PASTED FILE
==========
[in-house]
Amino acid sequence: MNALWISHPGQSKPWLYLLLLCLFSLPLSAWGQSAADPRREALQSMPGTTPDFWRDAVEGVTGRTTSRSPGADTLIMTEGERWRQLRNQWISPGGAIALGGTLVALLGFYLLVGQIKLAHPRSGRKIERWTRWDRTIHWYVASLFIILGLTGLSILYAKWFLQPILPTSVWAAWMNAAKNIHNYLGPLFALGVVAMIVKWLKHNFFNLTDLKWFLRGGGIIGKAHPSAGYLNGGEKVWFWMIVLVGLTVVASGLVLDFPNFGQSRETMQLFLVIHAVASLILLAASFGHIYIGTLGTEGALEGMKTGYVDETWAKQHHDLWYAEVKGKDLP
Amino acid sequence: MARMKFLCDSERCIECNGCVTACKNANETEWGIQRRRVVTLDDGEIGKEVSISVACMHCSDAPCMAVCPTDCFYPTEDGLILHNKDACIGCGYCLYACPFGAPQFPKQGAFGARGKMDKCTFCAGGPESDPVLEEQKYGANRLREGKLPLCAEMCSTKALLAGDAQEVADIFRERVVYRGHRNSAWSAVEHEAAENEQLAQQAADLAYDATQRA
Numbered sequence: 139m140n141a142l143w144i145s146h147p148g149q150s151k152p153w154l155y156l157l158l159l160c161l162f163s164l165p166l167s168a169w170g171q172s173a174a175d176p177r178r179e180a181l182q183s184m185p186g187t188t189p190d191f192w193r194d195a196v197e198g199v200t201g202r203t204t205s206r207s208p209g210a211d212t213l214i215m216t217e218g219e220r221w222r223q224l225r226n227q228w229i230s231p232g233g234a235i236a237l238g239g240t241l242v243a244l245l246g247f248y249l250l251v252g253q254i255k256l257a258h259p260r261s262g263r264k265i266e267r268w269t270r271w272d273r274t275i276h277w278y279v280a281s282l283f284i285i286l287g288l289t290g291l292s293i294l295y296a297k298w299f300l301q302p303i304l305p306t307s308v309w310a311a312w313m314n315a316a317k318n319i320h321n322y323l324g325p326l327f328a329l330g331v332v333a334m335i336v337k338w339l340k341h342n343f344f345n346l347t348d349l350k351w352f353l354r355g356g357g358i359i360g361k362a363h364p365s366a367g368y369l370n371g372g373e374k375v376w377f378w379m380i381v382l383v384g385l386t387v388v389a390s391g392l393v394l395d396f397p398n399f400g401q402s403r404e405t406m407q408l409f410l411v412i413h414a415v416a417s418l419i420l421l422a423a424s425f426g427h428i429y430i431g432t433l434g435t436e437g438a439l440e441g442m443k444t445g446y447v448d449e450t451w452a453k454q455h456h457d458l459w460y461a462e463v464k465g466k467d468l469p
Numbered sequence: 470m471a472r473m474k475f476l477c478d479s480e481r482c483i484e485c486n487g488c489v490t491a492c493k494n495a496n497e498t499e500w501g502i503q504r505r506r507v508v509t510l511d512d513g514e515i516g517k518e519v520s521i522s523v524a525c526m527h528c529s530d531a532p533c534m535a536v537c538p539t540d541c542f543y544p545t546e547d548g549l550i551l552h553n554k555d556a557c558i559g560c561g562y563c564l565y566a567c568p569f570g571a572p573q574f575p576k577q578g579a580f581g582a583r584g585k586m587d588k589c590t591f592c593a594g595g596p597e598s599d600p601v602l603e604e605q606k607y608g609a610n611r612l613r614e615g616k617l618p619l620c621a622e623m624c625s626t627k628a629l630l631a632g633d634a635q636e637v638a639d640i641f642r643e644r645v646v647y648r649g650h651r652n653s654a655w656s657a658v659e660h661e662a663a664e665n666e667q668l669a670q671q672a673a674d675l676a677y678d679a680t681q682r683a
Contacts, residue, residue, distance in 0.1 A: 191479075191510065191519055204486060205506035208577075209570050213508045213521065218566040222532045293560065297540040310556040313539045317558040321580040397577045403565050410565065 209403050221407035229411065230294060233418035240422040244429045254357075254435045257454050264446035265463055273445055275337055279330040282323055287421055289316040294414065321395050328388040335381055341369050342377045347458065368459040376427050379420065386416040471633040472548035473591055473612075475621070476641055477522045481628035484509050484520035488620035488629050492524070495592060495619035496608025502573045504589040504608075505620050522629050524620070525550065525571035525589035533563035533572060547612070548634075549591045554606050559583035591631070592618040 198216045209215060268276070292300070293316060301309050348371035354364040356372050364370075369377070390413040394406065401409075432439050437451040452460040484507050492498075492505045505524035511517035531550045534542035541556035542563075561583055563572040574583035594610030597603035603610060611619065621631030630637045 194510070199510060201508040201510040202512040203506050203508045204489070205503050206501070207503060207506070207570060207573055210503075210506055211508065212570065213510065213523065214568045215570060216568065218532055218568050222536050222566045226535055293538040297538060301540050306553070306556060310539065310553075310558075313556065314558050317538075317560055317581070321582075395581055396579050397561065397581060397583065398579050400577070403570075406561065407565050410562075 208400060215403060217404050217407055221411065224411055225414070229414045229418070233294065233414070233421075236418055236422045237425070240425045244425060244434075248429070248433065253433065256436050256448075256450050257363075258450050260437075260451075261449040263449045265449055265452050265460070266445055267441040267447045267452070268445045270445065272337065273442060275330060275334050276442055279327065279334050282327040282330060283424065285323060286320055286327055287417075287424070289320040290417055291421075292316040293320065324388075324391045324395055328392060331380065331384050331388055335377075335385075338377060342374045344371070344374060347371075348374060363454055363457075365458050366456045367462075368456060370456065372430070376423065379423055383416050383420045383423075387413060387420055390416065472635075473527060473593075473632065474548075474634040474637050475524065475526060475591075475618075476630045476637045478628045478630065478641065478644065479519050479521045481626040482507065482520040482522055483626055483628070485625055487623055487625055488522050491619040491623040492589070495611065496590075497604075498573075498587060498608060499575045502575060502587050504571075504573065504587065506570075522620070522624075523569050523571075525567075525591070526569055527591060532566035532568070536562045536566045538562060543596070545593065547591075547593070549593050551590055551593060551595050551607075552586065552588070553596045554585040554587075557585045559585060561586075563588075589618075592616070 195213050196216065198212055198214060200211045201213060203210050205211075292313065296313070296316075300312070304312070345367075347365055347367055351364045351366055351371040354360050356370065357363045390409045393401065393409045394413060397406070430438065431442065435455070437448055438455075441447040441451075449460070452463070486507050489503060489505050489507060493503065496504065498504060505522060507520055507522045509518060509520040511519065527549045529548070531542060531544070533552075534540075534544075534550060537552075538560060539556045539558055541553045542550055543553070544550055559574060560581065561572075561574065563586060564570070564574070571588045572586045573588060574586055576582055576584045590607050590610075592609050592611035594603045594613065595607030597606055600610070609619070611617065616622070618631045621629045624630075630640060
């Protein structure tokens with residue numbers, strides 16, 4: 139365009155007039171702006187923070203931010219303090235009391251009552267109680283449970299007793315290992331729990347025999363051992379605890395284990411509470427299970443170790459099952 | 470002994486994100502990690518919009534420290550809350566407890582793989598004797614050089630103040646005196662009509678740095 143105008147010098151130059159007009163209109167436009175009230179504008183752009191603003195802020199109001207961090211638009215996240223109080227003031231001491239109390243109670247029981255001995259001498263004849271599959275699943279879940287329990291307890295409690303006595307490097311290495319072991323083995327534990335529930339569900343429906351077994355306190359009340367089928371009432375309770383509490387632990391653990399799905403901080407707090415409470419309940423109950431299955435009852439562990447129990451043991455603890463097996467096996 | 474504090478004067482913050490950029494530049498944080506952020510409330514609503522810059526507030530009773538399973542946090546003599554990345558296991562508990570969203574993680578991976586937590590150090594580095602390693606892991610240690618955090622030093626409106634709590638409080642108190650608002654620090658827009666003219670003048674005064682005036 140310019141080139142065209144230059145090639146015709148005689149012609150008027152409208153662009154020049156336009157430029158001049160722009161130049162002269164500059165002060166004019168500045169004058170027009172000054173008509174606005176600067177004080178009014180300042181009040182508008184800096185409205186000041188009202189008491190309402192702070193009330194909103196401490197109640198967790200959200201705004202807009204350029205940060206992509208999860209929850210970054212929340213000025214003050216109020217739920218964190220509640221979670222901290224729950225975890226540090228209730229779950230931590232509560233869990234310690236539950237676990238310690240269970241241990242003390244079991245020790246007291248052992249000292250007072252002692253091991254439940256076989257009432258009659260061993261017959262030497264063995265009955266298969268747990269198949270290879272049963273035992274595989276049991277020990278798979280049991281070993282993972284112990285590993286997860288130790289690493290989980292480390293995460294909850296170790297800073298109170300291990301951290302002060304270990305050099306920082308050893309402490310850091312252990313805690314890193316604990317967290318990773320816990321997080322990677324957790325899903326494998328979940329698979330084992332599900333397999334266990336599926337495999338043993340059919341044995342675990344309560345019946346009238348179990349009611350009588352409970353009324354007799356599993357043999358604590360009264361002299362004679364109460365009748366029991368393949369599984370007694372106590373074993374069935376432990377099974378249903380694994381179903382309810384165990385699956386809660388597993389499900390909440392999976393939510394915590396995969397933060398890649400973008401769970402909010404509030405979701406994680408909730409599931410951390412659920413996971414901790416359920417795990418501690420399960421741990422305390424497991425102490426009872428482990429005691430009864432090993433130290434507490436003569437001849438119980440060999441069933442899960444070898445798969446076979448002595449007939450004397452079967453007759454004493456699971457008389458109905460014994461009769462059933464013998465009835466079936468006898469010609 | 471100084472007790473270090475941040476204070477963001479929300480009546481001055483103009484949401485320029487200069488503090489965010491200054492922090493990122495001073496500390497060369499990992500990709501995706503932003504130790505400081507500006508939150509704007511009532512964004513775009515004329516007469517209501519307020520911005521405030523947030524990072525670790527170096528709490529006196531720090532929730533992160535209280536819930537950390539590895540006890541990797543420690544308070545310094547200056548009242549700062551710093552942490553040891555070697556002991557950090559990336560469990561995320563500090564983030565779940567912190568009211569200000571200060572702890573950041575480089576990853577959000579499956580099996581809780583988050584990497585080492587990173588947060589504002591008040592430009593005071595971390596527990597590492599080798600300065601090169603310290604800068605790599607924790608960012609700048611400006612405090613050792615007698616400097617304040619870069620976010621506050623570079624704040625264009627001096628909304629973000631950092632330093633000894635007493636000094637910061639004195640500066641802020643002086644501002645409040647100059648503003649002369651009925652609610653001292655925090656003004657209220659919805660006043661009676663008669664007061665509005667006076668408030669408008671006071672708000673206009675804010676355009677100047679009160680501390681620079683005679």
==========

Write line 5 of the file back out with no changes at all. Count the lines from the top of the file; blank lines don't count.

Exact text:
Numbered sequence: 470m471a472r473m474k475f476l477c478d479s480e481r482c483i484e485c486n487g488c489v490t491a492c493k494n495a496n497e498t499e500w501g502i503q504r505r506r507v508v509t510l511d512d513g514e515i516g517k518e519v520s521i522s523v524a525c526m527h528c529s530d531a532p533c534m535a536v537c538p539t540d541c542f543y544p545t546e547d548g549l550i551l552h553n554k555d556a557c558i559g560c561g562y563c564l565y566a567c568p569f570g571a572p573q574f575p576k577q578g579a580f581g582a583r584g585k586m587d588k589c590t591f592c593a594g595g596p597e598s599d600p601v602l603e604e605q606k607y608g609a610n611r612l613r614e615g616k617l618p619l620c621a622e623m624c625s626t627k628a629l630l631a632g633d634a635q636e637v638a639d640i641f642r643e644r645v646v647y648r649g650h651r652n653s654a655w656s657a658v659e660h661e662a663a664e665n666e667q668l669a670q671q672a673a674d675l676a677y678d679a680t681q682r683a